A new book collects 30,000 of Jason Polan’s gestural sketches. He’s got about 8 million to go.
Jason Polan wants to draw every person in New York. He’s chipping away at it, one sketch at a time.
He’s long been obsessed with collecting and cataloguing objects. (“I like having things around me,” he says. “I don’t know how people are minimal.”) As a student at the University of Michigan, where he studied art and biological anthropology, he staged an exhibit of hundreds of portraits of his classmates, entitled “I Want to Know All of You.” He’s also drawn every work on display at the Museum of Modern Art—twice—and each popped kernel in a bag of popcorn. And for a year, he fastidiously documented banal objects for a column in The New York Times called “Things I Saw.” He collects stacks of magazines and books by J.D. Salinger and Don DeLillo.
Population is fluid, much more so than shriveled popcorn kernels that stay where you put them. Starry-eyed transplants arrive in droves, and longtime residents leave or pass away. Tourists pop in for a visit then go home. These shifts happen in waves, and you can’t slow them down. “That is so way beyond my control,” Polan says. There’s no way to depict everyone. Polan knows that he’s angling for an impossible feat. “I’ve always thought of it as a forever project,” he adds.
So while Polan works on other sketches and paintings, he continues to fill a four-by-six inch Strathmore drawing pad with gestural impressions of city dwellers. His new book, Every Person in New York, collects 30,000 of these drawings on 400 pages.
Polan totes his pad and a black Uni-ball pen to a handful of spots that have become his regular haunts: MoMA, a bench at the corner of Mercer and Prince Streets in SoHo, Housing Works bookstore, and Taco Bell. (He started going to the quick taco joint in Union Square soon after graduating from college because, he says, “It’s one of the few places in New York where you can get free refills.”) He also invites people to email him an intersection, identifying information, and a time. He’ll track them down for a stealthy two-minute sketch. “I don’t interact with them,” he says. “I want it to be a surprise. I want them to look at the blog that night wondering, ‘Did he draw me?’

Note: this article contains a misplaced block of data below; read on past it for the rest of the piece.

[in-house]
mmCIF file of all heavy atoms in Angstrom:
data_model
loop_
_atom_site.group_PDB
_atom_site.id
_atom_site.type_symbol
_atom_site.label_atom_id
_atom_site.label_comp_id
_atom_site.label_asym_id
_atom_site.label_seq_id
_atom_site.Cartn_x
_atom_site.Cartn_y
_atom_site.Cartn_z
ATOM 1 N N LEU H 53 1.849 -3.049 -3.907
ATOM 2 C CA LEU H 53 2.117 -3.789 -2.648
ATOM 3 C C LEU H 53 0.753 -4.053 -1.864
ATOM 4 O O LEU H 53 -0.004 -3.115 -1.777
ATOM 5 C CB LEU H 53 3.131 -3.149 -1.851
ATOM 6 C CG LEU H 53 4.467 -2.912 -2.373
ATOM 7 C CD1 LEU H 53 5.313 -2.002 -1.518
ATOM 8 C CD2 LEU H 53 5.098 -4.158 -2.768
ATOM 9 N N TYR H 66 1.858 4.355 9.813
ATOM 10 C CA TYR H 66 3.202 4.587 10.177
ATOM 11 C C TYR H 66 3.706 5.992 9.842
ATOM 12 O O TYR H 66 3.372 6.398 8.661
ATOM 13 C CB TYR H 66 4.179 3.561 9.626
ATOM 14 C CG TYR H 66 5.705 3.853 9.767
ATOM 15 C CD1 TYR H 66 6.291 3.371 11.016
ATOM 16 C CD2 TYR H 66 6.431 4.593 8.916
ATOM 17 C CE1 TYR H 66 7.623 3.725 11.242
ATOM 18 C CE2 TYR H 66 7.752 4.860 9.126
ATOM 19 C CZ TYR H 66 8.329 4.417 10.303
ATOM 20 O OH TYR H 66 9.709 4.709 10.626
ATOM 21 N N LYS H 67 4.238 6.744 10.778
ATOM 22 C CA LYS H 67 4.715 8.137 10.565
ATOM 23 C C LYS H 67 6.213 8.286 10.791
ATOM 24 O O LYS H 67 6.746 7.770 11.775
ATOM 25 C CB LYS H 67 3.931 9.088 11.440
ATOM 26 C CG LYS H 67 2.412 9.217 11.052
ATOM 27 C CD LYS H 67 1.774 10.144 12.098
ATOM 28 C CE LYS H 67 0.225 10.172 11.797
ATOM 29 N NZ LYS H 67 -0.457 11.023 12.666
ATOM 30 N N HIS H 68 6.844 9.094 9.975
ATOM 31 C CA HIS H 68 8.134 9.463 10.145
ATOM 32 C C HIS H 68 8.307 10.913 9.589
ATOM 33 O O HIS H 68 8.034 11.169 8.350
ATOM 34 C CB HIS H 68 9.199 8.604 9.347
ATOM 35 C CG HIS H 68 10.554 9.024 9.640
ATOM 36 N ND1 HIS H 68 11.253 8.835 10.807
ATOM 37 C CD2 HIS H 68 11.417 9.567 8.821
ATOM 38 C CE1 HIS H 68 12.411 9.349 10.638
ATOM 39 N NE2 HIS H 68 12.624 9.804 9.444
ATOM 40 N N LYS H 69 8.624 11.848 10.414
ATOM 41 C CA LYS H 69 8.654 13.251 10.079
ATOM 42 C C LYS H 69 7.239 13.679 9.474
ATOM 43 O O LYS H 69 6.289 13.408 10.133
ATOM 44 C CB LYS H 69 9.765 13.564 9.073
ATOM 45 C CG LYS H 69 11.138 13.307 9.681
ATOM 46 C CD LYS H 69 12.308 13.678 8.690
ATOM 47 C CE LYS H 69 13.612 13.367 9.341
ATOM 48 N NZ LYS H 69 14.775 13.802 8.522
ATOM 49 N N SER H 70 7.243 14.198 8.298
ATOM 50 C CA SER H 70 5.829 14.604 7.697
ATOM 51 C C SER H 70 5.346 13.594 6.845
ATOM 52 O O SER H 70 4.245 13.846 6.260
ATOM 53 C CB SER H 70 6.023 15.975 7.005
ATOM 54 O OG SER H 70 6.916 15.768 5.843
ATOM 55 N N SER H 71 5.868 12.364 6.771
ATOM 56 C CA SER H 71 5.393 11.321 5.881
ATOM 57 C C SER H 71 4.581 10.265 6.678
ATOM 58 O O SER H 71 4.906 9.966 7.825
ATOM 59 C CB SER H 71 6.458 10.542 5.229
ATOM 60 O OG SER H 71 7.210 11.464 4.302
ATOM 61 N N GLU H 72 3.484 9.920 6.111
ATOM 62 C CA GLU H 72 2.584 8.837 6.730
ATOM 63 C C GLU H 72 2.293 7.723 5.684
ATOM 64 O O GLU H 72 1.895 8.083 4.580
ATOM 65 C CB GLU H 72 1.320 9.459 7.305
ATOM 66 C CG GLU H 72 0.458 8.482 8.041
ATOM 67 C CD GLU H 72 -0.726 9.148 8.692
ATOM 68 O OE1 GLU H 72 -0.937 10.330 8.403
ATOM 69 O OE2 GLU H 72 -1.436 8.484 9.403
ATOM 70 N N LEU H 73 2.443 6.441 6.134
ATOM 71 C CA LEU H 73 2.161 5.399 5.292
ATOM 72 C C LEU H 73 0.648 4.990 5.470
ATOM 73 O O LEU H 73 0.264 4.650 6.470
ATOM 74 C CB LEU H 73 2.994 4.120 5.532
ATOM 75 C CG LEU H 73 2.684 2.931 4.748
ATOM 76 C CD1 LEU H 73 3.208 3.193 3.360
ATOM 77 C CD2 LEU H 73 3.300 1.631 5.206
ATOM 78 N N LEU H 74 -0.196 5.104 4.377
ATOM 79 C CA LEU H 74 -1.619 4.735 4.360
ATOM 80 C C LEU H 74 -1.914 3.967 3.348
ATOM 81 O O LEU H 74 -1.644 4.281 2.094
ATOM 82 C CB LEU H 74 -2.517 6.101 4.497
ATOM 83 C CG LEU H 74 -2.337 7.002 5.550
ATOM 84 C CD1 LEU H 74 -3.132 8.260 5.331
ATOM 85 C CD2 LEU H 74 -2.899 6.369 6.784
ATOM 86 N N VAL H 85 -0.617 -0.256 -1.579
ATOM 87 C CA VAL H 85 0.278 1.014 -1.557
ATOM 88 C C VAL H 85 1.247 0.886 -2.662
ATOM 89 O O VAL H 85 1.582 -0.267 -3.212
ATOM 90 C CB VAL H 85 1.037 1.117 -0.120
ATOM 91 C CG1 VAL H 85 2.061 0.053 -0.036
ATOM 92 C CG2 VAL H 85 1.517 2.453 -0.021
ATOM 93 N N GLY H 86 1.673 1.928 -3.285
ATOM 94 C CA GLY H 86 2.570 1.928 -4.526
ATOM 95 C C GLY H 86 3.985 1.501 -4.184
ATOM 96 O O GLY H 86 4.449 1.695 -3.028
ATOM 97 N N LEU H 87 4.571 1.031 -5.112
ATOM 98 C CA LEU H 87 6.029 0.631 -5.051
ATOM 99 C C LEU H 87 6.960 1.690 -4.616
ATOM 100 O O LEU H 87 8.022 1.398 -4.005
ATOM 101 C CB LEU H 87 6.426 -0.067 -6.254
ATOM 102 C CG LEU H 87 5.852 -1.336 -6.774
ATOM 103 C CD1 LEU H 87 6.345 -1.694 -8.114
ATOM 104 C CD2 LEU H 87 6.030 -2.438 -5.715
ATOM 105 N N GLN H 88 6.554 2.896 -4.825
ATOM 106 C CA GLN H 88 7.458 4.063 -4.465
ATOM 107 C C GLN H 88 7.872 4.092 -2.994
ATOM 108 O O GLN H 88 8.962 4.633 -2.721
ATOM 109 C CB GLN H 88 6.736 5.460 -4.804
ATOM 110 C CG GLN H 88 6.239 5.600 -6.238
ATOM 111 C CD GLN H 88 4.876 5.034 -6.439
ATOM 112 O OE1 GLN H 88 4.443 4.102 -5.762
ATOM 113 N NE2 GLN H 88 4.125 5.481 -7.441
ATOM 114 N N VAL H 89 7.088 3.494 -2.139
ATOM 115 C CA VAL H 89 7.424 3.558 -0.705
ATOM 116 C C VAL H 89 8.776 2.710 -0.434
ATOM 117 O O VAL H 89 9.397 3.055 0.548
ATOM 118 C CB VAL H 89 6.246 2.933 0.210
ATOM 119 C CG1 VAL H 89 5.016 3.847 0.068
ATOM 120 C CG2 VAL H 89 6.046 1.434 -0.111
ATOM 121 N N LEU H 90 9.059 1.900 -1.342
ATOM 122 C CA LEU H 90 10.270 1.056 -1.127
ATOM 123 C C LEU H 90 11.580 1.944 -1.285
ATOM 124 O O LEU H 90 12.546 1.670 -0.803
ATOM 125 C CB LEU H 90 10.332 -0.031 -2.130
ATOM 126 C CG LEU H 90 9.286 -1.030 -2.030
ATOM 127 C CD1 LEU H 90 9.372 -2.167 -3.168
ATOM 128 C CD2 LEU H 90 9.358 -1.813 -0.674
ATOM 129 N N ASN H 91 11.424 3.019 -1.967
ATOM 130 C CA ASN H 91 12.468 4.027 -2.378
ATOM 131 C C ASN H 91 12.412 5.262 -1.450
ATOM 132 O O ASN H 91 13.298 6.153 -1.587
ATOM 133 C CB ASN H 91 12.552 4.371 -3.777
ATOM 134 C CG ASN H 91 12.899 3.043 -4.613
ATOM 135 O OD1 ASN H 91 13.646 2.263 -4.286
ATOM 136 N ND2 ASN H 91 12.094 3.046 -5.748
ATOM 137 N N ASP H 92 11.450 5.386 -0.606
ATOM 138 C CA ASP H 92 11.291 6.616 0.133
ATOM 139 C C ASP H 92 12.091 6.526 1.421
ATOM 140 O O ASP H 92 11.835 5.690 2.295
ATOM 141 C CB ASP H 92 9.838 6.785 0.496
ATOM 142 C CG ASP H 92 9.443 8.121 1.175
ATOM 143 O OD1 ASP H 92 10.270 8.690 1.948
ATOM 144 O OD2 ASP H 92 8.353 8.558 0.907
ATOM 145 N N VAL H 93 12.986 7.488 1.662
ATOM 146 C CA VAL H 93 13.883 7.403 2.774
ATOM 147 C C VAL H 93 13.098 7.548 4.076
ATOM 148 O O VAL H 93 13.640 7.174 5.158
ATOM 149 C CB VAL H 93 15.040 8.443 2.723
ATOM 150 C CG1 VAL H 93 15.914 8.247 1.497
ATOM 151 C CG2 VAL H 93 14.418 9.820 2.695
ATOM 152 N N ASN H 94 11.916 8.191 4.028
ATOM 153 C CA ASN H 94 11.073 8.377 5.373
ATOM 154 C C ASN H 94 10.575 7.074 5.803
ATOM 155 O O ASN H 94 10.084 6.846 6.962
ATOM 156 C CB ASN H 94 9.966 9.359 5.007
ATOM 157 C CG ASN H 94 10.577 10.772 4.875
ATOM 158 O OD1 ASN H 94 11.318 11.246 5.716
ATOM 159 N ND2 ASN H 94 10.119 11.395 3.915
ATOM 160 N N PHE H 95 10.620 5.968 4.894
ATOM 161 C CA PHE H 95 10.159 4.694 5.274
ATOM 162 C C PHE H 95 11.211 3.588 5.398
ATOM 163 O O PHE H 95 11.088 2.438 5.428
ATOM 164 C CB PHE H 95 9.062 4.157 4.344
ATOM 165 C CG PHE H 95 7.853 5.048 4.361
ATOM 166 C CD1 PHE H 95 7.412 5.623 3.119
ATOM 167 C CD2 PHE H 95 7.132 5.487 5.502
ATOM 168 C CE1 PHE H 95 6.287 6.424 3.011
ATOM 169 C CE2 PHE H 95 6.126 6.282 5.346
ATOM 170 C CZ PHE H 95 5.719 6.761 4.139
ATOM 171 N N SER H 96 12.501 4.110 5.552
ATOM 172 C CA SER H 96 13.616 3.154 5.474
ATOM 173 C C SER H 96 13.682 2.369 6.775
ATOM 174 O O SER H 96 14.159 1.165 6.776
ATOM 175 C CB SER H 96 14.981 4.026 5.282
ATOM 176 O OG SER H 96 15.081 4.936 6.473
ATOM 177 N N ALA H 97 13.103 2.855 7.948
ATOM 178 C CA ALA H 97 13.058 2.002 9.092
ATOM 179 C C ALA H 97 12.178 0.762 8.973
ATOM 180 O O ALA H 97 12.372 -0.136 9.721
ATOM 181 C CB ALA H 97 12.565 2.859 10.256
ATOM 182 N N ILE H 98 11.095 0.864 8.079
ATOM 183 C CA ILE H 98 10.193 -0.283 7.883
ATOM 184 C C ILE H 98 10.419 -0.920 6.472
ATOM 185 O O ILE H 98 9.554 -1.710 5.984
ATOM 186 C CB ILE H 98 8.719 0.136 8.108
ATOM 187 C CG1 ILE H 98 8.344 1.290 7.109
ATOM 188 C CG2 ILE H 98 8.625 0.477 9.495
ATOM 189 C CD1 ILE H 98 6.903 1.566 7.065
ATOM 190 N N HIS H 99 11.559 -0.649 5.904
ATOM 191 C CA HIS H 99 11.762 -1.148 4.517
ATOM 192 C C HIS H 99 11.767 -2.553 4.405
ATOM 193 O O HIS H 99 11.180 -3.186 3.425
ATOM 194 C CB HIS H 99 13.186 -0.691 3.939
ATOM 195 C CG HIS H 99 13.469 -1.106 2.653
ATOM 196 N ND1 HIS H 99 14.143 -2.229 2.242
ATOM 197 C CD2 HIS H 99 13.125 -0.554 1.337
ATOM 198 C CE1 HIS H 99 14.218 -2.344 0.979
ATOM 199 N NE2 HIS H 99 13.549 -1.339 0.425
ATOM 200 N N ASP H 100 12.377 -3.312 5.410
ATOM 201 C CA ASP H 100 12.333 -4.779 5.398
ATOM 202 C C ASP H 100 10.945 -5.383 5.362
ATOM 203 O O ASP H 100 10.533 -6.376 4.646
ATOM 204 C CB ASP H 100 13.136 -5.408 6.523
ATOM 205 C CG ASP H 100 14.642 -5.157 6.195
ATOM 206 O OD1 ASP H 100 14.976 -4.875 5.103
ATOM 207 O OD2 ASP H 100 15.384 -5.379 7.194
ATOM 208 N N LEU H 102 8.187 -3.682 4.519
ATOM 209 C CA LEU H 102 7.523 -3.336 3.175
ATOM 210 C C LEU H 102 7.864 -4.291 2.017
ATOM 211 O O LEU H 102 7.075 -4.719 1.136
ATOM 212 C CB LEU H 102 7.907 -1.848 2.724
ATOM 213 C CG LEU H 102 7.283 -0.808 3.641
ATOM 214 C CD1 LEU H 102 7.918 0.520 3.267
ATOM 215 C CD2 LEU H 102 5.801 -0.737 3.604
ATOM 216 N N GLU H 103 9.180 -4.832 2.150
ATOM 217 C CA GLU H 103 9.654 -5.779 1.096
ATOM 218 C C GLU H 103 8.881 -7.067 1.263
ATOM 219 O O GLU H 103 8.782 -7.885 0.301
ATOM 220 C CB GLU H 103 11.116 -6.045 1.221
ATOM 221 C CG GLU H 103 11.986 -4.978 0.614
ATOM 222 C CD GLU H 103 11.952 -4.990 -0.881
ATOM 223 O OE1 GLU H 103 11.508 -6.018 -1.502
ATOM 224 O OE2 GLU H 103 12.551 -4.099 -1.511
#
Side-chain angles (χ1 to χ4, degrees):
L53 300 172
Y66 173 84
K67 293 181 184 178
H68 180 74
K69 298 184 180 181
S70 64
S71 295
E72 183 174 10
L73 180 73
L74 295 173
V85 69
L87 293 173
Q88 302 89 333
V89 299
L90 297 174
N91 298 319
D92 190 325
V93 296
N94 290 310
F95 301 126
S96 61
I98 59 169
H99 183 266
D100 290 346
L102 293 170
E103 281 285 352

The pages contain famous, infamous, and anonymous New Yorkers. Polan has sketched Donald Trump’s coif, actor Zachary Quinto walking two dogs, and Padma Lakshmi hailing a cab. But he’s also captured the folds of a stranger’s jacket as he’s swallowed up by subway stairs, and a bespectacled woman bowing her neck forward, craning over a newspaper as she slumps against a subway pole.
In the introduction, Polan says he strives to make the drawings as authentic as possible. “I only draw people as long as I can see them,” he writes. The sketches consist of electric lines, buzzing with a sense of furious work, trying to catch something flitting and sear it into memory.
Polan prefers to blend into the background. “People usually don’t notice me,” he says. “I don’t want to creep people out.” And he finds that he can get a more genuine window into people’s habits when they don’t know that he’s watching. “I don’t want them posing for what I’m doing,” he adds. “It works better when it’s completely natural.”
The project has helped Polan get to know his adopted city. As he roams around, he finds himself tapping into observations others might blow past. “There’s things you realize when you’re looking a little slower: the things people are wearing, or the speed they’re going,” he says. But when he starts drawing, “I try to stop making decisions,” he adds. “I try to look at someone’s nose while I’m drawing it, instead of drawing what I think a nose looks like. Often the drawings come out looking a little crazy or quick, but I try to draw what I see, instead of what I think I’m seeing.”
The streets of New York are rarely empty. There are bodies colliding, cars weaving, food truck odors wafting mingling with the smell of humid garbage. The city is teeming, overflowing. Polan’s sketches—usually a simply rendered figure against a white background—pare it down. Lights, buildings—they’re all gone. What’s left is a depiction of a single person navigating the streets at a specific moment, transience made permanent with the flick of the artist’s wrist.